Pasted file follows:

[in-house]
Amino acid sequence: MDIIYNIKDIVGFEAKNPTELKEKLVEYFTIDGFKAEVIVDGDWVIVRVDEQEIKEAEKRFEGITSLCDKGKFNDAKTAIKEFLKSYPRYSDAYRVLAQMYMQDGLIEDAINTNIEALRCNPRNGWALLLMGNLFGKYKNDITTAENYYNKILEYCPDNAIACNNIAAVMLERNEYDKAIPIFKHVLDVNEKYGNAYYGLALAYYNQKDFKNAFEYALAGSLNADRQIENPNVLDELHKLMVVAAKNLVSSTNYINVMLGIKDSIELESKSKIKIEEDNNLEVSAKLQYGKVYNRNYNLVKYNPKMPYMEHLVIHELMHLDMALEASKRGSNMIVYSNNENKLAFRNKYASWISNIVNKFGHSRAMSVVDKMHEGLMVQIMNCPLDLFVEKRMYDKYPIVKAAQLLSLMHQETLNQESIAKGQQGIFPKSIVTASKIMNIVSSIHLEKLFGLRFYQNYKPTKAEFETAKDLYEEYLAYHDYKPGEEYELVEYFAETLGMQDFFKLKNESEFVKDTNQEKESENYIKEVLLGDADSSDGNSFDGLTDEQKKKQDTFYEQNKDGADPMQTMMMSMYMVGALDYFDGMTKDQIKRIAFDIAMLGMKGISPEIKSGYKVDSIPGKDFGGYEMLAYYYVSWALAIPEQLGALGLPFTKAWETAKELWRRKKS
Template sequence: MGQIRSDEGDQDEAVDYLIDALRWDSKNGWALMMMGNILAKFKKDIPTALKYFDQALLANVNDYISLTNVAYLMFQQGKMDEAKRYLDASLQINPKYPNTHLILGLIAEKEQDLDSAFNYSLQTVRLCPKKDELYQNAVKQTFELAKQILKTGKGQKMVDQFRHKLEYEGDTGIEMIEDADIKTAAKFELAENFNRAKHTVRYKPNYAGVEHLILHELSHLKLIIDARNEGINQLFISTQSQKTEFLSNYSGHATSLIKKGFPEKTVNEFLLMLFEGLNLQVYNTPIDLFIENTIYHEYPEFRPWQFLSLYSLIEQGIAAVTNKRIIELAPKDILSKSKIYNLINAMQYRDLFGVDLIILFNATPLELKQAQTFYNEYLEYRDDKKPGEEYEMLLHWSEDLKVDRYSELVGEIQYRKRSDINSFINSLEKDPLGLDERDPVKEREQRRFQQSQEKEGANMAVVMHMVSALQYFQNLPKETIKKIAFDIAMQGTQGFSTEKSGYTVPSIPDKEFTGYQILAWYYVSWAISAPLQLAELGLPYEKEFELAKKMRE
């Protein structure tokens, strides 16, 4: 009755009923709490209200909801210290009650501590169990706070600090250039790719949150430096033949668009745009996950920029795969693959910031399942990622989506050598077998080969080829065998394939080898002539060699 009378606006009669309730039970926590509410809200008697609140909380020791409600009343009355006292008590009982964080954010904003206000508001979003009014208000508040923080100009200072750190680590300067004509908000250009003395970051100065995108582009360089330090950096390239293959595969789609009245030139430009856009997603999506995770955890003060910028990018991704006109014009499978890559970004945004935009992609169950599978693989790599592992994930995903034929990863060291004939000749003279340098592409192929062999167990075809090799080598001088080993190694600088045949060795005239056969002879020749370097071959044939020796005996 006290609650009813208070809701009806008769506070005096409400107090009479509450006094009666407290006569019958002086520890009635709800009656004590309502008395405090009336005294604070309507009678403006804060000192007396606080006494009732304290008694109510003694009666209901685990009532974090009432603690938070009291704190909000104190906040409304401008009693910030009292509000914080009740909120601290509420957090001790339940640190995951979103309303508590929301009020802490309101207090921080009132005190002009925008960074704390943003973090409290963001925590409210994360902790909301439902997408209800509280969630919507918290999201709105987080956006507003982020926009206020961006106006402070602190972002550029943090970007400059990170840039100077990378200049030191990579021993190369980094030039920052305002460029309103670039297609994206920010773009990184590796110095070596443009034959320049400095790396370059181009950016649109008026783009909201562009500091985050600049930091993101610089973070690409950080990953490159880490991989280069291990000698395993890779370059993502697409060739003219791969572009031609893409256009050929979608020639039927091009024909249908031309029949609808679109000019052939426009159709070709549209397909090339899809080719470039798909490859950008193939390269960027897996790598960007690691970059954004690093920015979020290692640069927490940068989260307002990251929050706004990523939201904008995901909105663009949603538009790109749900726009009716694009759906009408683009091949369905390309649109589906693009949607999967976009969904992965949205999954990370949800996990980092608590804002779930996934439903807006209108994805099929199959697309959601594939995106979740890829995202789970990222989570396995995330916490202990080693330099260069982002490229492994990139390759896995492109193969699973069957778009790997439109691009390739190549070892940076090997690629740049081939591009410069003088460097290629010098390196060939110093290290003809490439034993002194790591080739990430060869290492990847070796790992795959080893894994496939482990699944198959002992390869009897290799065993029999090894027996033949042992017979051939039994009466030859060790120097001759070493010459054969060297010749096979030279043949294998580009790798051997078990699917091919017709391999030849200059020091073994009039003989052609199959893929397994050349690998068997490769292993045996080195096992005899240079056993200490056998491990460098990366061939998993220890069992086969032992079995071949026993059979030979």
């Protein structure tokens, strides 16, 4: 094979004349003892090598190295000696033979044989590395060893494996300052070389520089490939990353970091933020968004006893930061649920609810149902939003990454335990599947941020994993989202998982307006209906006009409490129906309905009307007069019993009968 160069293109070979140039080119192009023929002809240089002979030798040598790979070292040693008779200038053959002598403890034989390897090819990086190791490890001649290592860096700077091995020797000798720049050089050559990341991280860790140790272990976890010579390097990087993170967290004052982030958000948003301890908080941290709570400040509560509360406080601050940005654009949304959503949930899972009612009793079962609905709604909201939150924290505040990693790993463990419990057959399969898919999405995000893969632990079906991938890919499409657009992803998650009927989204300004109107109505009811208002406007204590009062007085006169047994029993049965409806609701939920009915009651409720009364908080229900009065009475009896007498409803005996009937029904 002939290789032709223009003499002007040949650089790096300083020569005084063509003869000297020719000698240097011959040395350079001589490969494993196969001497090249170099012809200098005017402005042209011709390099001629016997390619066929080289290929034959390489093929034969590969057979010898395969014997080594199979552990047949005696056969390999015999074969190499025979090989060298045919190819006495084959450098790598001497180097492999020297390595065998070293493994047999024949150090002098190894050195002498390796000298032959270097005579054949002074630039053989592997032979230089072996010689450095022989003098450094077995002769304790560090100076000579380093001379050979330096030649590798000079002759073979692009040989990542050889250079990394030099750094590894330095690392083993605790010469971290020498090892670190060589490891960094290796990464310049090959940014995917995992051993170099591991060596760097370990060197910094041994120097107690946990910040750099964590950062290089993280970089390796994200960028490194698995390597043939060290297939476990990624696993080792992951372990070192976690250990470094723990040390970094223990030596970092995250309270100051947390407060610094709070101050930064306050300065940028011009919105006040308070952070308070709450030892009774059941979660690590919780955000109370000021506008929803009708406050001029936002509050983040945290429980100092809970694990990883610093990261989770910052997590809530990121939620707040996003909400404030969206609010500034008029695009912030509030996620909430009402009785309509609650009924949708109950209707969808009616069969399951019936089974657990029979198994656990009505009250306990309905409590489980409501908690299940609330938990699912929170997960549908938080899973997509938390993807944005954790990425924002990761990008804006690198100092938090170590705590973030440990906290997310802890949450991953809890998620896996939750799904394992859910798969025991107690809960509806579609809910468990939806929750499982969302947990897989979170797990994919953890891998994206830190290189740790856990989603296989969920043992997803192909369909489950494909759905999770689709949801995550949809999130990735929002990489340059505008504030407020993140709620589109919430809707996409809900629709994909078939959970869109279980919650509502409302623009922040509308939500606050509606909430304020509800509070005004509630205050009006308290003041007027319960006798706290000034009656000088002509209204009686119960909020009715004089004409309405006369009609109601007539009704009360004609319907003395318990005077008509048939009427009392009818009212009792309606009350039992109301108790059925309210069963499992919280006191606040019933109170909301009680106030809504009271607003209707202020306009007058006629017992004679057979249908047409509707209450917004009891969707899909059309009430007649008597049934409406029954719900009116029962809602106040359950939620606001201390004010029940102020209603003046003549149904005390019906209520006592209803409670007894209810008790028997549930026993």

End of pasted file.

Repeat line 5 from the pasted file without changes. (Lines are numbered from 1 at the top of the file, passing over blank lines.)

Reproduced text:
């Protein structure tokens, strides 16, 4: 094979004349003892090598190295000696033979044989590395060893494996300052070389520089490939990353970091933020968004006893930061649920609810149902939003990454335990599947941020994993989202998982307006209906006009409490129906309905009307007069019993009968 160069293109070979140039080119192009023929002809240089002979030798040598790979070292040693008779200038053959002598403890034989390897090819990086190791490890001649290592860096700077091995020797000798720049050089050559990341991280860790140790272990976890010579390097990087993170967290004052982030958000948003301890908080941290709570400040509560509360406080601050940005654009949304959503949930899972009612009793079962609905709604909201939150924290505040990693790993463990419990057959399969898919999405995000893969632990079906991938890919499409657009992803998650009927989204300004109107109505009811208002406007204590009062007085006169047994029993049965409806609701939920009915009651409720009364908080229900009065009475009896007498409803005996009937029904 002939290789032709223009003499002007040949650089790096300083020569005084063509003869000297020719000698240097011959040395350079001589490969494993196969001497090249170099012809200098005017402005042209011709390099001629016997390619066929080289290929034959390489093929034969590969057979010898395969014997080594199979552990047949005696056969390999015999074969190499025979090989060298045919190819006495084959450098790598001497180097492999020297390595065998070293493994047999024949150090002098190894050195002498390796000298032959270097005579054949002074630039053989592997032979230089072996010689450095022989003098450094077995002769304790560090100076000579380093001379050979330096030649590798000079002759073979692009040989990542050889250079990394030099750094590894330095690392083993605790010469971290020498090892670190060589490891960094290796990464310049090959940014995917995992051993170099591991060596760097370990060197910094041994120097107690946990910040750099964590950062290089993280970089390796994200960028490194698995390597043939060290297939476990990624696993080792992951372990070192976690250990470094723990040390970094223990030596970092995250309270100051947390407060610094709070101050930064306050300065940028011009919105006040308070952070308070709450030892009774059941979660690590919780955000109370000021506008929803009708406050001029936002509050983040945290429980100092809970694990990883610093990261989770910052997590809530990121939620707040996003909400404030969206609010500034008029695009912030509030996620909430009402009785309509609650009924949708109950209707969808009616069969399951019936089974657990029979198994656990009505009250306990309905409590489980409501908690299940609330938990699912929170997960549908938080899973997509938390993807944005954790990425924002990761990008804006690198100092938090170590705590973030440990906290997310802890949450991953809890998620896996939750799904394992859910798969025991107690809960509806579609809910468990939806929750499982969302947990897989979170797990994919953890891998994206830190290189740790856990989603296989969920043992997803192909369909489950494909759905999770689709949801995550949809999130990735929002990489340059505008504030407020993140709620589109919430809707996409809900629709994909078939959970869109279980919650509502409302623009922040509308939500606050509606909430304020509800509070005004509630205050009006308290003041007027319960006798706290000034009656000088002509209204009686119960909020009715004089004409309405006369009609109601007539009704009360004609319907003395318990005077008509048939009427009392009818009212009792309606009350039992109301108790059925309210069963499992919280006191606040019933109170909301009680106030809504009271607003209707202020306009007058006629017992004679057979249908047409509707209450917004009891969707899909059309009430007649008597049934409406029954719900009116029962809602106040359950939620606001201390004010029940102020209603003046003549149904005390019906209520006592209803409670007894209810008790028997549930026993």